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Exploring Coronaviruses

Some colds may be caused by a coronavirus, but the word coronavirus refers to a whole subfamily of viruses, called the Orthocoronavirinae. The subfamily is divided into 4 genera, whose names were inspired by the Greeks, AlphacoronavirusBetacoronavirusDeltacoronavirus, and Gammacoronavirus (sadly it is the alphabet and not the mythology). As of last year, 45 species have been recognized in the subfamily.

Coronaviruses all look the same, a spherical lipid bilayer with spike proteins that are unique to each species. The coronaviruses’ hereditary information is encoded in RNA (Ribonucleic Acid) instead of DNA (Deoxyribonucleic Acid) as in humans and is stored in the centre of the sphere packed with protective proteins. Even though coronaviruses have some of the largest genomes among RNA viruses, it only has 26.4 to 31.7 kilobases in its genome compared to humans with a genome size of 6200 megabases. Despite the simplicity of the coronaviruses, they can run amok among humans and animal populations.

Infectious bronchitis virus, causing gasping symptoms in chicks, was the first coronavirus identified in 1932. It was also the first coronavirus to have its genome completely sequenced in 1987. Only in 1965 the first human infecting coronavirus was discovered by the Common Cold Research Unit, unsurprisingly, causing cold symptoms. Currently, coronaviruses are known to infect various agricultural animals, pets, and wildlife. Bats appear to be the natural reservoir for most coronaviruses after research has shown the greatest variety of coronaviruses infecting bats. It is estimated that there may be 3200 different coronaviruses infecting bats.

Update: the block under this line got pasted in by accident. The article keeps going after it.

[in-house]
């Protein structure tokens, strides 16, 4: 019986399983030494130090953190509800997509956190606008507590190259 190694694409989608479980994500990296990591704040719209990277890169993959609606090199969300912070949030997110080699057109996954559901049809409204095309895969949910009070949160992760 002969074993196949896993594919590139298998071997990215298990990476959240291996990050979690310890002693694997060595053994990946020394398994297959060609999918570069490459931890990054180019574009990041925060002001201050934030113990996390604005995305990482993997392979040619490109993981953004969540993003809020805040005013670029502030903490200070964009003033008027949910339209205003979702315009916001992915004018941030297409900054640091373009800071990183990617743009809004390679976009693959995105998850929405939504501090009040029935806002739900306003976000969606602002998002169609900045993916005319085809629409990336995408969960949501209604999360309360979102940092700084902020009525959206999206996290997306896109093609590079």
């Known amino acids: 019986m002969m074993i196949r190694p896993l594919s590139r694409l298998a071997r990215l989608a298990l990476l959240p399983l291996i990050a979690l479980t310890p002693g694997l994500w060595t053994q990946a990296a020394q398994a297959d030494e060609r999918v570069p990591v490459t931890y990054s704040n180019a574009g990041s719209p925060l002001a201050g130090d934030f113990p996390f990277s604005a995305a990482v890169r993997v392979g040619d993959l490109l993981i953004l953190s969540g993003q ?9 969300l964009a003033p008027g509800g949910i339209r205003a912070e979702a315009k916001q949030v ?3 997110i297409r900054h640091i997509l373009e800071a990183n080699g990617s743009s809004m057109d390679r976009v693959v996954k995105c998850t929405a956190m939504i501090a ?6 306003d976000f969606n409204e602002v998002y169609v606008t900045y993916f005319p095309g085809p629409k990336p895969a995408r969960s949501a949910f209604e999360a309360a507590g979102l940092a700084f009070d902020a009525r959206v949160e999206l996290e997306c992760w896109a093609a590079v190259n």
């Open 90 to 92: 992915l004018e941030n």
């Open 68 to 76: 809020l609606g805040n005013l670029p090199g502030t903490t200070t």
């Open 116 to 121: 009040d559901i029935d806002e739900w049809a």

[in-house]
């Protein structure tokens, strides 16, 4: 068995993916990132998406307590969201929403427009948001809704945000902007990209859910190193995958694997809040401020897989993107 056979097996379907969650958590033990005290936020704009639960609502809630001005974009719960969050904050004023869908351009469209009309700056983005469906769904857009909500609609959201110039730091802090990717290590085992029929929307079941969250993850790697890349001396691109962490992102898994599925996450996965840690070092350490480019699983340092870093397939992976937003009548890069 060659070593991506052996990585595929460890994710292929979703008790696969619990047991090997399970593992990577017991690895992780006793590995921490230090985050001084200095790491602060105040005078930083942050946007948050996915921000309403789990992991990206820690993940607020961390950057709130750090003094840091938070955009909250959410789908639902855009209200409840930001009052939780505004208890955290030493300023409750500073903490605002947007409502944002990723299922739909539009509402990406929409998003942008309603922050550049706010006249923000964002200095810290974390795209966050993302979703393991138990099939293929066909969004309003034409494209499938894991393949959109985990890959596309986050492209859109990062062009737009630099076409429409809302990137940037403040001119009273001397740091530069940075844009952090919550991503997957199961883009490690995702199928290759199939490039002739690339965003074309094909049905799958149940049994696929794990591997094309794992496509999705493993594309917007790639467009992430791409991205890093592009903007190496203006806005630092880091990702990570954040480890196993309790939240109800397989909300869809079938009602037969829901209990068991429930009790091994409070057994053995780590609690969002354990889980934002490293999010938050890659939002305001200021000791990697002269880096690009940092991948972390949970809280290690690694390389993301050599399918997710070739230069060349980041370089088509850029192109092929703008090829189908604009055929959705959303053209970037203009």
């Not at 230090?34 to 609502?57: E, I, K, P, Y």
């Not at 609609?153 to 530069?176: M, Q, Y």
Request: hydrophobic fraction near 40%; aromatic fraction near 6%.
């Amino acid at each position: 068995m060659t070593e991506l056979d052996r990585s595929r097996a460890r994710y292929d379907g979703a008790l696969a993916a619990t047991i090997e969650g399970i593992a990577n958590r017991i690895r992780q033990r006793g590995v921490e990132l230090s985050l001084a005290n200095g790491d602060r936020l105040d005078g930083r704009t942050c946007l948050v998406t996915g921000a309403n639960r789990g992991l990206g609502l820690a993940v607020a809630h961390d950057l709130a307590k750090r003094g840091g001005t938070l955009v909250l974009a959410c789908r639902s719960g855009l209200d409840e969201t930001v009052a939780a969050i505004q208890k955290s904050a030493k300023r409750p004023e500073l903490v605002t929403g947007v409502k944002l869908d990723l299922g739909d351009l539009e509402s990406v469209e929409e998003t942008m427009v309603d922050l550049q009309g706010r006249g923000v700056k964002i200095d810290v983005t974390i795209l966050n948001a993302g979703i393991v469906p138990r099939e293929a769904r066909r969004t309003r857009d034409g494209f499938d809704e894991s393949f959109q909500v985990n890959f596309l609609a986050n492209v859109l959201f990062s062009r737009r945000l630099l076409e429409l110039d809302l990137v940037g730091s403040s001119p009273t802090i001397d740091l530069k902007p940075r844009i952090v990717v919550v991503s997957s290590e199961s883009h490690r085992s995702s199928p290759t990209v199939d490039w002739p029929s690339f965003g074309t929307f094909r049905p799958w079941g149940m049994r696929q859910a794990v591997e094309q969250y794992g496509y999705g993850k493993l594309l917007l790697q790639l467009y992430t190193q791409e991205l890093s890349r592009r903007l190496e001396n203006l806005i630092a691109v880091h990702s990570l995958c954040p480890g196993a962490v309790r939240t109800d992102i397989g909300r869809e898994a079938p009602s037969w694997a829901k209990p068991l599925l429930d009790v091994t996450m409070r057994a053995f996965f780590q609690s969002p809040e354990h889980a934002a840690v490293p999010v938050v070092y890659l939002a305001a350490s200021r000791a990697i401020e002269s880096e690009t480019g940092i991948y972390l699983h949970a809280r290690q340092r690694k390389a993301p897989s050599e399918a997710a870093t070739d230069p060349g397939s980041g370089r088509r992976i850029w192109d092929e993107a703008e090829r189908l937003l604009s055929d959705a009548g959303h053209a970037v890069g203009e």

Three different coronaviruses have recently caused serious outbreaks among humans namely the SARS outbreak between 2002 and 2003, MERS outbreaks in 2012, 2015 and 2018 and the current pandemic of Covid-19. The fatality rate for the respective diseases is 14%-20% for SARS, 37% for MERS and 2.2% for COVID-19. All of which are clearly more serious than a common cold.

Other know coronaviruses, their host, and some details regarding the disease they cause are listed below.

AlphacoronavirusFIPV (Feline Infectious Peritonitis VirusCatsCats show mild, if any, symptoms of diarrhoea and/or mild upper respiratory tract symptoms. In some cats, the virus infects the white blood cells which results in a serious inflammatory reaction affecting the blood vessels.
PRCV (Porcine Respiratory Coronavirus)PigsResults in a very mild cough if there are any symptoms.
TGEV (Transmissible Gastroenteritis Virus)PigsHas a 100% mortality rate in week old piglets. It destroys cells in the lining of the intestines preventing the absorption of nutrients and water in victims.
Rh-BatCoV HKU2 (Rhinolophus Bat Coronavirus HKU2)Bats 
HCoV-NL63Young Children and Immuno- compromised IndividualsCauses bronchitis, pneumonia, and croup.
HCoV-229EHumans and batsCommon cold, could be serious when victims are co-infected with another pathogen.
Mi-BatCoV HKU8Bats 
Mi-BatCoV 1ABats 
Sc-BatCoV 512Bats 
PEDV (Porcine Epidemic Diarrhoea Virus)PigsHas a 100% mortality rate in week old piglets. Results in severe diarrhoea.
BetacoronavirusHCoV-OC43Humans and cattleCommon cold
ECoVHorsesMild disease
PHEV (Porcine Hemagglutinating Encephalomyelitis Virus)PigsMostly affect piglets younger than 4 weeks. Mortality close to 100%.
BCoVCattleMostly affects calves between a week and 3 months old. Symptoms include diarrhoea, dehydration, and anorexia.
MHV (Murine Hepatitis Virus)MiceCauses epidemics in colonies of laboratory mice with a high mortality rate. Causes encephalitis in the mice.
HCoV-HKU1HumanCommon cold
SARSr-CoV-1HumanCaused 2002-2004 SARS outbreak.
SARSr-CoV-2HumanCausing current COVID-19 pandemic.
SARSr-Rh-BatCov HKU3Bats 
Pi-BatCov HKU5Bats 
Ty-BatCov HKU4Bats 
GammacoronavirusSW1Beluga WhaleIdentified in 2008 in deceased male. Characterised by pulmonary disease and acute liver failure. Similar virus has been isolated from bottlenose dolphins.
TCoV (Turkey Coronavirus)TurkeysCauses acute enteric disease resulting in poor growth.
IBV (Infectious Bronchitis Virus)BirdsResults in poor growth and reduced egg laying in chickens. Vaccination only partially effective due number of antigenic types of the virus.
DeltacoronavirusMunCov HKU13Munias (Mannikins) 
BuCov HKU11Bulbuls 
ThCoV HKU12Thrushes 



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